An ornate wrought iron arch set above a gateway. At the base, a lotus flower is opening and unfolding, revealing above two deer lying either side of a vase, above which is an eight-spoked wheel, inset with coloured stones. Above the wheel is a golden trident set within a decorative circle, fringed with flames. Depicts the Nalanda Crest, containing a variety of Buddhist symbols.
Was installed when the London Buddhist Centre was opened in 1978.
The scene depicted in the arched gateway is the Nalanda Crest, arising from early Indian Buddhist tradition. Nalanda was one of the greatest monastic universities of India, from the time of the Buddha (6th - 5th centuries BC), until its destruction during the Muslim invasions (c.1100). The crest was later adopted by many other monastic institutions, e.g. Tibetan temples, and is thus an appropriate emblem to appear on a Buddhist teaching institution. The original design is thought to be the work of Deva Raja, a member of the original order, and incorporates a number of Buddhist symbols. The wheel represents the eight-spoked wheel of Buddhist Dharma, dating back to early Buddhism and can also be seen as a solar symbol, showing the Buddhist sun or eight-fold path to enlightenment. The wheel is set on top of a vase containing the elixir of immortality. The trident is an ancient Indian part of royal insignia and can also be thought of as representing the three 'times' - past, present and future. The deer are frequently found in Buddhist iconography and refer to the fact that the Buddha's first teaching sermon took place in Deer Park, Isipatana, near Benares. They represent a state of spiritual receptivity. The whole work is surrounded by and decorated with flames, representing the purifying power of enlightenment and the transformation of the physical world into the spiritual. The Nalanda Crest is a well-known Buddhist emblem and dates from the first millennium.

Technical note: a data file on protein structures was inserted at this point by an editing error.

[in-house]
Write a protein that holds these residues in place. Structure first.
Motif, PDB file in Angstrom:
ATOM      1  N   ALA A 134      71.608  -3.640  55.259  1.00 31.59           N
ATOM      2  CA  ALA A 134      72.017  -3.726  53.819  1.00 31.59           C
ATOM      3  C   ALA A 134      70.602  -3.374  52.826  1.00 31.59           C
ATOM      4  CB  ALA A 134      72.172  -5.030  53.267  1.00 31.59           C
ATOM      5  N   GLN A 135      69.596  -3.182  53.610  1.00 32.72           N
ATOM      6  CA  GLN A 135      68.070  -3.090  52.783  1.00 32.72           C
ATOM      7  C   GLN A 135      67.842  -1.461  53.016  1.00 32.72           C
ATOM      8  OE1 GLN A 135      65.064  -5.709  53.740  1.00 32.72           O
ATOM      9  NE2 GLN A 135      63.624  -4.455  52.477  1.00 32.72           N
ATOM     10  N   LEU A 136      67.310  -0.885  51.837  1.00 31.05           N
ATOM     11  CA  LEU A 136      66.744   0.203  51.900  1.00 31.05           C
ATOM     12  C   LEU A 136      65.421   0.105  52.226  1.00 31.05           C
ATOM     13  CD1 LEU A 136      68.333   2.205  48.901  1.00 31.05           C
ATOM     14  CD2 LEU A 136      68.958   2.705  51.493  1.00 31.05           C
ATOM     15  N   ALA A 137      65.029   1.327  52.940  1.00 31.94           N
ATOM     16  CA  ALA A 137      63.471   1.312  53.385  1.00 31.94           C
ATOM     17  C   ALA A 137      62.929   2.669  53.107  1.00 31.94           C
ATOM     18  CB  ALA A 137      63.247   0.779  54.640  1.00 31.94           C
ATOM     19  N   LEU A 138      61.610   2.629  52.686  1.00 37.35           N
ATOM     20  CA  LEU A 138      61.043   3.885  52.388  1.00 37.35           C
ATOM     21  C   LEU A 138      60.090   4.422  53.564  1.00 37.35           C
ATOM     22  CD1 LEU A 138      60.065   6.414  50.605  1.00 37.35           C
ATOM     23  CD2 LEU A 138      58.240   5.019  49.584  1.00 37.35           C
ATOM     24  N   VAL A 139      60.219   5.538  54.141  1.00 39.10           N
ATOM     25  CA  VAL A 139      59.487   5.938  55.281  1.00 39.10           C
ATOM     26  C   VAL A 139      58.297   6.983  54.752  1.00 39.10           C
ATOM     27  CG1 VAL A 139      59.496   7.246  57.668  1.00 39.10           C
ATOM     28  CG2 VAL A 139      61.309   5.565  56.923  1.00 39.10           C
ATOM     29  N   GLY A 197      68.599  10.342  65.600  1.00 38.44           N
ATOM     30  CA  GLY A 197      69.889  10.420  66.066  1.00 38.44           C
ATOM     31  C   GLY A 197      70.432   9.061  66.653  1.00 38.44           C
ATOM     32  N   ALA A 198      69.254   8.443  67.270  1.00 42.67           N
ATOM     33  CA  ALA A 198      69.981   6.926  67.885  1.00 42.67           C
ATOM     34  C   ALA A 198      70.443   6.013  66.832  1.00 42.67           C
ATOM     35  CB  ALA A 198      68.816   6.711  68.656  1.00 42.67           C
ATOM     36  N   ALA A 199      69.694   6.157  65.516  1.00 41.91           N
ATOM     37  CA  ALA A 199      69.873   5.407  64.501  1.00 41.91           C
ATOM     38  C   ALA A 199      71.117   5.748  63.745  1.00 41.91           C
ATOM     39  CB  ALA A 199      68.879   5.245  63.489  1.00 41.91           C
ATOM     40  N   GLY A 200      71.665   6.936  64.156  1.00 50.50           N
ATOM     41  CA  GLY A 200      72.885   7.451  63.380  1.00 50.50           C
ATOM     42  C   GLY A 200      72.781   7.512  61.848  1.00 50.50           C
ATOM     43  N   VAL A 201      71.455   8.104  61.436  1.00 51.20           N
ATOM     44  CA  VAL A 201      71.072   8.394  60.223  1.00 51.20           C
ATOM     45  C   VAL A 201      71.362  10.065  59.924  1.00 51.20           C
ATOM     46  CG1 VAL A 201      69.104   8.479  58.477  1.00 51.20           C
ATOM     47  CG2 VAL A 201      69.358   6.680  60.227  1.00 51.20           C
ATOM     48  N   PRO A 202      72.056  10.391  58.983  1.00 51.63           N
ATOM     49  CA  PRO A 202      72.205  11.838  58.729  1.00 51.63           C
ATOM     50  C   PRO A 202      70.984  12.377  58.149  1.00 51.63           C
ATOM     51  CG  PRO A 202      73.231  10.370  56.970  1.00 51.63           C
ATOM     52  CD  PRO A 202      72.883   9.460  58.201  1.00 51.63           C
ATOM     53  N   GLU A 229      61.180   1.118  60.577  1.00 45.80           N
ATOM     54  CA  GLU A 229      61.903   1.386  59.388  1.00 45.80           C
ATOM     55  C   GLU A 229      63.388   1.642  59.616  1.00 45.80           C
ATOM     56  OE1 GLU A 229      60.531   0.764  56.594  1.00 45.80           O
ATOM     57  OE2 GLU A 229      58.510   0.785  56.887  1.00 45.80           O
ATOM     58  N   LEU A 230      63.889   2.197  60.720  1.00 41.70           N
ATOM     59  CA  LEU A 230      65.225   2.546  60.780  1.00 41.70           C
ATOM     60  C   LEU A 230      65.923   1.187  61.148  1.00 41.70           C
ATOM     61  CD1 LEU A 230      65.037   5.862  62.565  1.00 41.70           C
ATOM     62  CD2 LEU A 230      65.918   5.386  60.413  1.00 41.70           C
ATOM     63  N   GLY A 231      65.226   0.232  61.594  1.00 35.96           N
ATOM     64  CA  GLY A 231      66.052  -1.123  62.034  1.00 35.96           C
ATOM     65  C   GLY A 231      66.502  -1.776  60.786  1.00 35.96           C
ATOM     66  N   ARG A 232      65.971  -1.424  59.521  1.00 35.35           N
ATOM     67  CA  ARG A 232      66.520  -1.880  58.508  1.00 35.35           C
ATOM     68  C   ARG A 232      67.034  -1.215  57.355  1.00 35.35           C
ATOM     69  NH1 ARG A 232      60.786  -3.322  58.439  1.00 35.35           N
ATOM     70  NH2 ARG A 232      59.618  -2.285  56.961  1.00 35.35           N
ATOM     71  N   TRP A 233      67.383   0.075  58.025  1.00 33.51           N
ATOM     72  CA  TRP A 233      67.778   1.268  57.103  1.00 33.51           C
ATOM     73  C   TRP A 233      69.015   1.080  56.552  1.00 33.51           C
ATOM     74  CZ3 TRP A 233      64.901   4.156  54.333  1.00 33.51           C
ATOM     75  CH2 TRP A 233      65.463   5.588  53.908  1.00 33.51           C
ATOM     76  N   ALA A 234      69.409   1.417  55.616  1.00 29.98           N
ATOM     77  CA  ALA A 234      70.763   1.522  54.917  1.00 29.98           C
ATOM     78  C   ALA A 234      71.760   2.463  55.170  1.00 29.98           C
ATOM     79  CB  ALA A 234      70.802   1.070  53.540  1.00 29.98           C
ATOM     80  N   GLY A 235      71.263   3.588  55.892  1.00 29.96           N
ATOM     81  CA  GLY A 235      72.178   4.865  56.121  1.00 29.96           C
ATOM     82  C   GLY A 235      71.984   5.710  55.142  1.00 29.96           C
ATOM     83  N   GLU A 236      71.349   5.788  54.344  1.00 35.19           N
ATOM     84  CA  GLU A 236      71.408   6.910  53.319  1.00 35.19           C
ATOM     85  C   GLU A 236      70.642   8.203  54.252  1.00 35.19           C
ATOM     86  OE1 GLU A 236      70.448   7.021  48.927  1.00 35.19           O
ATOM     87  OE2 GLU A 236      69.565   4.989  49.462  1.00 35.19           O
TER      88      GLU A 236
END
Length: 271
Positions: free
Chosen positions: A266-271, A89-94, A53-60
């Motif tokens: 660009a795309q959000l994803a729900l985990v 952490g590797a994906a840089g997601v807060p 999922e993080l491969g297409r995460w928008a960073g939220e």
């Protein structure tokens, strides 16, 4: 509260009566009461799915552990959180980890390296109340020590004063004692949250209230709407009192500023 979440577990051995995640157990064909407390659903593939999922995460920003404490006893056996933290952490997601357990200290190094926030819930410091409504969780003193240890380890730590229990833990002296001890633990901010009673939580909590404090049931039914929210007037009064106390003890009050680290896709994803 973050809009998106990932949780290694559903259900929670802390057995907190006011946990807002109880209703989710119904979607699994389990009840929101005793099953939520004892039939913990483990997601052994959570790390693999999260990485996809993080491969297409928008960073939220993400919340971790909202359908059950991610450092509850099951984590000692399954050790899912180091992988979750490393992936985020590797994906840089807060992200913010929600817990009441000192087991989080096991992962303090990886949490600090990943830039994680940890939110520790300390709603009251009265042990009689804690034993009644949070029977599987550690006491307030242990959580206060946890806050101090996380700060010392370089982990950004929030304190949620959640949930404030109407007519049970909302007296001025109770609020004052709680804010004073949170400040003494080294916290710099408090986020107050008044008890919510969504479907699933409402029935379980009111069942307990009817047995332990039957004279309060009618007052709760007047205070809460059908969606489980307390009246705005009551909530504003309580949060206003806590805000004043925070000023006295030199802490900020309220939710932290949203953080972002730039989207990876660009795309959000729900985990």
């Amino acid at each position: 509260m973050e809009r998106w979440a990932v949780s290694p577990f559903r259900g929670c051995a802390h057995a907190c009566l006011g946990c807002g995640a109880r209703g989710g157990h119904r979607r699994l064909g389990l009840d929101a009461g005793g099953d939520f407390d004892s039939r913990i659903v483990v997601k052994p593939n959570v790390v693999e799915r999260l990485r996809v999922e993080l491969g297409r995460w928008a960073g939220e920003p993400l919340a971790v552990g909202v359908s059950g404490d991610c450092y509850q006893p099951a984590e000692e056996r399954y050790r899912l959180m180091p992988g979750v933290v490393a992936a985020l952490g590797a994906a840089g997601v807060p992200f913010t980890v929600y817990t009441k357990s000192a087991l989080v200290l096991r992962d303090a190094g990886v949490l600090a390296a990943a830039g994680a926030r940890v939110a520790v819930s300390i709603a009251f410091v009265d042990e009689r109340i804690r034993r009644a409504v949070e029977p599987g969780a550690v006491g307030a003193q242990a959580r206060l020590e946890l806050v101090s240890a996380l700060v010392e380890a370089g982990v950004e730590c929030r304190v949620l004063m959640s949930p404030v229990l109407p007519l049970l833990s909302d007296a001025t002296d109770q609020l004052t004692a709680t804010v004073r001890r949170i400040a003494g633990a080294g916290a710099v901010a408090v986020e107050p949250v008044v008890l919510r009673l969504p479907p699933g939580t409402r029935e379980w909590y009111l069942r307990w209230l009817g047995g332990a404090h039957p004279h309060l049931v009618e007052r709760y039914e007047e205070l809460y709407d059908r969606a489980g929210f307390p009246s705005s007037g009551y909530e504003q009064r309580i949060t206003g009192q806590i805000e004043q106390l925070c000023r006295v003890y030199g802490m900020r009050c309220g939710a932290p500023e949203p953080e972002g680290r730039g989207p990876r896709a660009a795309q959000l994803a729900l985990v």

PMSA recording information